A new study suggests that using small doses of UV light in public spaces could cleanse the air of flu viruses and bacteria before they get to infect people.
Researchers are confident that a special type of UV light called far-UVC light in airports, hospitals, schools, and other public spaces could reduce the risk of influenza epidemics.
The research appeared this week in the online journal Scientific Reports.
Past studies have shown that broad-spectrum UVC light can kill off airborne bacteria and viruses by shattering the molecular bonds in their DNA. Common UV light-based solutions are often used to sterilize medical equipment.
- Some of the drawbacks of these solutions is that they can get people sick.
- Prolonged UV radiation can lead to skin cancer and cataracts.
Lead author Dr. David J. Brenner and his team found that a narrow spectrum of UV light known as far-UVC light could successfully kill invisible bugs without harming nearby people.
Germ-killing Far-UVC Light Harmless to People
This type of light cannot go through the dead-cell barrier on our skin or the protective outer layer of the human eye, so it is theoretically safe for humans. This is because bacteria and viruses are smaller than human cells and the light can damage their DNA directly.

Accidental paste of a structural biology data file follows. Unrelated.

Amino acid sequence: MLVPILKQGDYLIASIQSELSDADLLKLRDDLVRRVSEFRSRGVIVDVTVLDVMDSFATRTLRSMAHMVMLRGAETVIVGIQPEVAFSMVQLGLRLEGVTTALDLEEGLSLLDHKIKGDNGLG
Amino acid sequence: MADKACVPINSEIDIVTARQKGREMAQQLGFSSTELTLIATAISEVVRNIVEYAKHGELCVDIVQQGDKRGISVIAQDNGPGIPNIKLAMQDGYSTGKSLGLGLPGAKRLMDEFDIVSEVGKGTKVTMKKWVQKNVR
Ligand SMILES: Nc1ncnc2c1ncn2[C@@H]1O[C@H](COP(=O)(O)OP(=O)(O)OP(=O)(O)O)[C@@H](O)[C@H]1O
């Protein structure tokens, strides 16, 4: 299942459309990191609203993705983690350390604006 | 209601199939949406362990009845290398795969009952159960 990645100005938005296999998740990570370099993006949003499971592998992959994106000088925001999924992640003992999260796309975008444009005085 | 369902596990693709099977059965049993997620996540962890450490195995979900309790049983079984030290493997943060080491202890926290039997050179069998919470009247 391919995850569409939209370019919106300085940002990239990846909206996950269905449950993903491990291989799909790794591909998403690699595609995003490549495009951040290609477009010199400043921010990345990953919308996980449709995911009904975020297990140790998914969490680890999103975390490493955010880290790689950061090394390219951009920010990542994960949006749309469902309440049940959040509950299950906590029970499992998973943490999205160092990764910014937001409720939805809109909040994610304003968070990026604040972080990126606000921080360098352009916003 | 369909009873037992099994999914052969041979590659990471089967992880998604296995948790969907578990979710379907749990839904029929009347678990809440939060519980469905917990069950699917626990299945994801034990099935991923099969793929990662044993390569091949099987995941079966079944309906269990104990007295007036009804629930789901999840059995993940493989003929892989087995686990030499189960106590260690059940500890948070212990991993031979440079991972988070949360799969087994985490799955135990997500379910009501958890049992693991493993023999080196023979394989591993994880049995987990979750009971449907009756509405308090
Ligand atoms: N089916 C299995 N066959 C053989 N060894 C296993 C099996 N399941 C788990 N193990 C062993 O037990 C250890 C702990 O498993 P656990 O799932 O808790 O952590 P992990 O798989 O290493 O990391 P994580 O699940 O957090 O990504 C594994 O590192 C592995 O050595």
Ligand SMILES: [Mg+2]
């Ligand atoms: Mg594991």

Dr. Brenner’s experiments showed that far-UVC light can wipe out MRSA bacteria, which causes wounds to get infected in operating rooms, without destroying the human tissue.
Influence can get transmitted from person to person airborne when the carrier sneezes, coughs or even talks. The study revealed that airborne H1N1 viruses can be successfully inactivated with very low doses of the far-UVC light. The light was as effective in killing the viruses as common UV light.
Researchers hope their method could help kill airborne influenza viruses and bacteria and prevent people from falling ill with the flu or tuberculosis.
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